May 2012. Phnom Penh, Cambodia.
It’s getting late and Austin and I have done our site-seeing for the day, so we decide to head out for a bite and some beers with some newfound friends. It’s fairly standard procedure during our travels, but after a few drinks, Austin chimes in about a crowded gathering a street over that he noticed beforehand. He’s curious and wants to see what it’s all about. My feet hurt from all the walking around museums and staring at stone sculptures, but I agree nonetheless and the group heads that direction. Before we even turn the corner, we hear the lyrics of western pop favorites mixed with lesser known beats. Coming closer, we realize the crowd is actually moving rhythmically and the street is unaccessible to cars. The cause being dance party. A Cambodian dance party to be precise. Obviously, we all join in.
Within minutes, we make a new friend. He’s somewhere around the age of 12, although it’s always hard to tell the age of our Asian brothers, and he has some serious dance moves. I like to think I can dance, perhaps falsely, but he makes me look bad. C-walk? No problem. Moon-walk? Cake. I can keep up with the American hip-hop, but when the Cambodian tunes start up, I’m at a loss. No worries though as our new friend gives us a crash course lesson. A few steps forward, a few steps back, the entire crowd moves in a gradual circular motion with special care given to circular hand movements and and fingers pointed as far back as possible. I think we got the jist of it and we begin to relax and let loose. Up to this point, the kid hasn’t said much of anything and has communicated mostly in hand and body gestures, along with smiles of acknowledgment. He also occasionally goes off on his own as if the beat is only in his head and he’s alone in his own world. I ask Austin about it. We agree, the kid must be deaf.
2 weeks later. Koh Rong Saloeam.
I’ve just completed my first underwater dive ever. Too say I’m stoked would be an understatement. Now I just have a few hours to kill on this beautiful island off the coast of Cambodia before dinner. I can’t complain. Life’s good. Dave, our dive instructor, proceeds to tell us the neighboring village is starting the Khmer new year celebration that night and word is, the whole village is getting fed. Great news for a skinny backpacker, so Austin and I head over to fill up on whatever they’re serving. I still don’t know what I ate. There were noodles and some sort of curry flavored sauce over top of them containing a mystery meat, but I digress. Next we grab a beer with Dave and that’s when we notice the giant speakers sitting atop the pool table. Apparently, they’re going to dance tonight. Hmm, we may have to bust out our newly acquired dance moves, but then again, one beer isn’t much for liquid courage.
Enter the richest lady in the whole village. Apparently we’re sitting right outside her store, which consists of one large, empty room and a few shelves of food and drinks on the walls. It is no Walmart, but it does have some very odd looking bottles of an unknown alcohol for sale, one of which she promptly brings over. The weirdest part of the mystery alcohol, besides its extremely sweet flavor, is the huge flexing body builder adorning the label. I think they got it from a Google image search, but I refrain from asking and oblige her by finishing my shot. Ten later and she’s showing no signs of slowing. Dave’s long gone and the aforementioned speakers are now blaring Cambodia’s finest beats. It’s loud and the sound quality extremely poor, but that won’t stop us. Suddenly the song, which I can only describe as the “circle dancing one” comes on. Austin and I, having had private lessons, know this one and join in, much to the surprise and amusement of our Southeast Asian dancing companions. We’re summoned for another body building drink.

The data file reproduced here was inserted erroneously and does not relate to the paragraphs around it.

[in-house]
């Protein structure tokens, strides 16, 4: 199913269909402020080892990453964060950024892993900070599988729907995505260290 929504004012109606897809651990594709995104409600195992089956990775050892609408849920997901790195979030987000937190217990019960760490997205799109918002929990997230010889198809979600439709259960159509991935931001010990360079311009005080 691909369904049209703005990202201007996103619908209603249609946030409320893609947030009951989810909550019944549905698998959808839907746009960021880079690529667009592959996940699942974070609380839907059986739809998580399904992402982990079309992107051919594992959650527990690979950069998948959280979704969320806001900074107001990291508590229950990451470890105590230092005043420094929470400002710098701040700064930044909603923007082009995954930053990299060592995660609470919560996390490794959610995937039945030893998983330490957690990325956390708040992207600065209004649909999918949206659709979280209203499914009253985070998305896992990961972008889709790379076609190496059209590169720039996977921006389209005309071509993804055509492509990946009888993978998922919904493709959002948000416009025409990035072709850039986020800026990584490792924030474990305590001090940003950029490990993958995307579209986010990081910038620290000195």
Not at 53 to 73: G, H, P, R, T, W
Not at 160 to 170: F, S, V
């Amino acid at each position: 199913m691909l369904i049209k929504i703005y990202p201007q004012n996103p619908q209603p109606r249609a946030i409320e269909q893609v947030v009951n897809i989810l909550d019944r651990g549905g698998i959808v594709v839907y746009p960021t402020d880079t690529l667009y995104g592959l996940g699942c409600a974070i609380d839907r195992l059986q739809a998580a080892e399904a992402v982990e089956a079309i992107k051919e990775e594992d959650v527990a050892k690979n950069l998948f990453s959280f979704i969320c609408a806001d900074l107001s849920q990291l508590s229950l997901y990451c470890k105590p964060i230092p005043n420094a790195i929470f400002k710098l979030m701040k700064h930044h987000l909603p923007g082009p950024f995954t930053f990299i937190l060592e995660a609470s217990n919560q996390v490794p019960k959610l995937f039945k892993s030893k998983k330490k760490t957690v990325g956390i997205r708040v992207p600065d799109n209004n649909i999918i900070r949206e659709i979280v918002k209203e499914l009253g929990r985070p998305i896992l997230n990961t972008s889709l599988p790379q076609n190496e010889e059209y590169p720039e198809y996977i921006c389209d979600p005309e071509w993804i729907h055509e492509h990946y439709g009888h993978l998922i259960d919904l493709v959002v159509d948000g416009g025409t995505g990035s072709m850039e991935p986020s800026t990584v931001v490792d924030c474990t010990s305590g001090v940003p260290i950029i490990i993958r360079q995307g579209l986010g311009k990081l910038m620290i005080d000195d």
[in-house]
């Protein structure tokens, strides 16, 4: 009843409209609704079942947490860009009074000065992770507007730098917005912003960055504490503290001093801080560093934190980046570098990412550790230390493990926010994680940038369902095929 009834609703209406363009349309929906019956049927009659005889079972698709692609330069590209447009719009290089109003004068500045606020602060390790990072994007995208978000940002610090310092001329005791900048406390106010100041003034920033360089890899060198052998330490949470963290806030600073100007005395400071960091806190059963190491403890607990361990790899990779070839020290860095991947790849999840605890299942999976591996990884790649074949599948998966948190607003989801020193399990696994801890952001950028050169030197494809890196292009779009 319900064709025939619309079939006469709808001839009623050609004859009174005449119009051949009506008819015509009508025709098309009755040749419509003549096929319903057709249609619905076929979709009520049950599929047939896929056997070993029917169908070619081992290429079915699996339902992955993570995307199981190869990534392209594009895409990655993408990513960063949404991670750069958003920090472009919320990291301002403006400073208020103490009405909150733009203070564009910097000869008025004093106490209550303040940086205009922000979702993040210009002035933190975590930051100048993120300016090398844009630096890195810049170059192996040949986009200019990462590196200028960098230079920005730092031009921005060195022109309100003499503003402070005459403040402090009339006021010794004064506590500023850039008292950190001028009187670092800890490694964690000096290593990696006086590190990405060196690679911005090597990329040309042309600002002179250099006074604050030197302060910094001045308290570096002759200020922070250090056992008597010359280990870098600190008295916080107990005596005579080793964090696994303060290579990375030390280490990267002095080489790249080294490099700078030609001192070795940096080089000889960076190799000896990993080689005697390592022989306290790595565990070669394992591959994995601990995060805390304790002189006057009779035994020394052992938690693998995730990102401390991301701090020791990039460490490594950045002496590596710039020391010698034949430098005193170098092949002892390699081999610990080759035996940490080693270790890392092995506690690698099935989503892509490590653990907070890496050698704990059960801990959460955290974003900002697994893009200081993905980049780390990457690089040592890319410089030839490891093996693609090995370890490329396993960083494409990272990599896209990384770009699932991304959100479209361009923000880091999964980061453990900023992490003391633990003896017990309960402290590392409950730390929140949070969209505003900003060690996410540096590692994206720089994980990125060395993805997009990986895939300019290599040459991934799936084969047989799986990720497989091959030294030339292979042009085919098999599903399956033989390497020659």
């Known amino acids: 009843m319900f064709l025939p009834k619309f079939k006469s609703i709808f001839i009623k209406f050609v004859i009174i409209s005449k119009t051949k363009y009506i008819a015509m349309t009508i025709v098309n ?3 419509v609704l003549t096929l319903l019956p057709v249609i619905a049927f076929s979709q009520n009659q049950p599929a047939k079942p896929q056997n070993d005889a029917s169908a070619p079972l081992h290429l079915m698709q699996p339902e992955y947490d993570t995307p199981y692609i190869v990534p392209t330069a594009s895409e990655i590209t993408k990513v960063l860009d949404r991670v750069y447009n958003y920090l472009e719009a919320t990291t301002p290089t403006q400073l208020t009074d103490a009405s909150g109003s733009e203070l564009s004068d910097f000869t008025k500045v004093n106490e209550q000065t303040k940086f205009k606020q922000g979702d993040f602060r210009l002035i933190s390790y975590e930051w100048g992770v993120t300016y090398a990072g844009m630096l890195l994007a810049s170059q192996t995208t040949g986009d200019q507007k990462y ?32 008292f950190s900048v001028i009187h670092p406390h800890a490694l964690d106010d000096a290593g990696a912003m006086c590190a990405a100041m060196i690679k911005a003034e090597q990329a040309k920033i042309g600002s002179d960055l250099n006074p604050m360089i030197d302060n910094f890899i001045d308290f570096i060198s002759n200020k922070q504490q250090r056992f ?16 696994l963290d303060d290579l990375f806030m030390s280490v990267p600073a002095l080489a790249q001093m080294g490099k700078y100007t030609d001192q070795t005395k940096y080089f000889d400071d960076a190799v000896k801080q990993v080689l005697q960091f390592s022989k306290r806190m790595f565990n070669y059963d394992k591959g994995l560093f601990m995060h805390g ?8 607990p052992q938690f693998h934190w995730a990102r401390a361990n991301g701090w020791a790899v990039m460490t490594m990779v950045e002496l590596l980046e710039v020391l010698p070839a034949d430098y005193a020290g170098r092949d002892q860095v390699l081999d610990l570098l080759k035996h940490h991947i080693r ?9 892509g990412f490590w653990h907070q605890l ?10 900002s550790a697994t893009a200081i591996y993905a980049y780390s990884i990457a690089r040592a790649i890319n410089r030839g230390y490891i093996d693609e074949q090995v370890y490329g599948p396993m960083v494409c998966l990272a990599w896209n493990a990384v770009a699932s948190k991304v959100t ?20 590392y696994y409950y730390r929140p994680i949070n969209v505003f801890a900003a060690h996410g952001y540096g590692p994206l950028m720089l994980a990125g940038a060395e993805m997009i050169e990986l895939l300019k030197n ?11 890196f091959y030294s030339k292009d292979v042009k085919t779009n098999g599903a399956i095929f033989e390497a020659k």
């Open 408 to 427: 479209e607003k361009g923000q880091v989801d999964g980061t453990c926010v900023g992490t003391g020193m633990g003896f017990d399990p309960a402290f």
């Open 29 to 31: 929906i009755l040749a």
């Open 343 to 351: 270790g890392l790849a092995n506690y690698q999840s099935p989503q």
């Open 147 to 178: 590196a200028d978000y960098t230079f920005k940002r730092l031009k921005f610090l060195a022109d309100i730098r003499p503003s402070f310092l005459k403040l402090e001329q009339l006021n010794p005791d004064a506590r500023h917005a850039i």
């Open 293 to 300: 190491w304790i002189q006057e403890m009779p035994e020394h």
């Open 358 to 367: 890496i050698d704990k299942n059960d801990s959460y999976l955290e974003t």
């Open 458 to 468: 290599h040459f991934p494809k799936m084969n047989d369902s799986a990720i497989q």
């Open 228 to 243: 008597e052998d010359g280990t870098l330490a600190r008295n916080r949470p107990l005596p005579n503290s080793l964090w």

Many times, I’ve meant to write about these experiences and each time, I wanted to begin the title with, an unexpected “blank.” Titling the post in that fashion would’ve been fitting for either story, as they both were truly “unexpected.” But I already have blog posts that begin similarly and they can’t all start that way, right? We obviously never planned on dancing in a circle in a small fishing village in Cambodia. That wasn’t exactly on our to-do list. We just sort of fell into it, and it turned out better than we could’ve hoped for, but it wasn’t completely left to chance. Staying in a resort with a private attached restaurant and pool doesn’t exactly put you in “local” situations. That’s why I love backpacking and what it makes possible. Many times, I find myself eating noodle soup shoulder to shoulder with the locals, shopping for bananas along side them or squeezing in on a local bus. I intentionally travel in this way and I encourage others to do the same. Jump out of your comfort zone and put yourself in a position to be surprised or to experience something out of the ordinary and in doing so, there’s only one thing you can expect, the unexpected.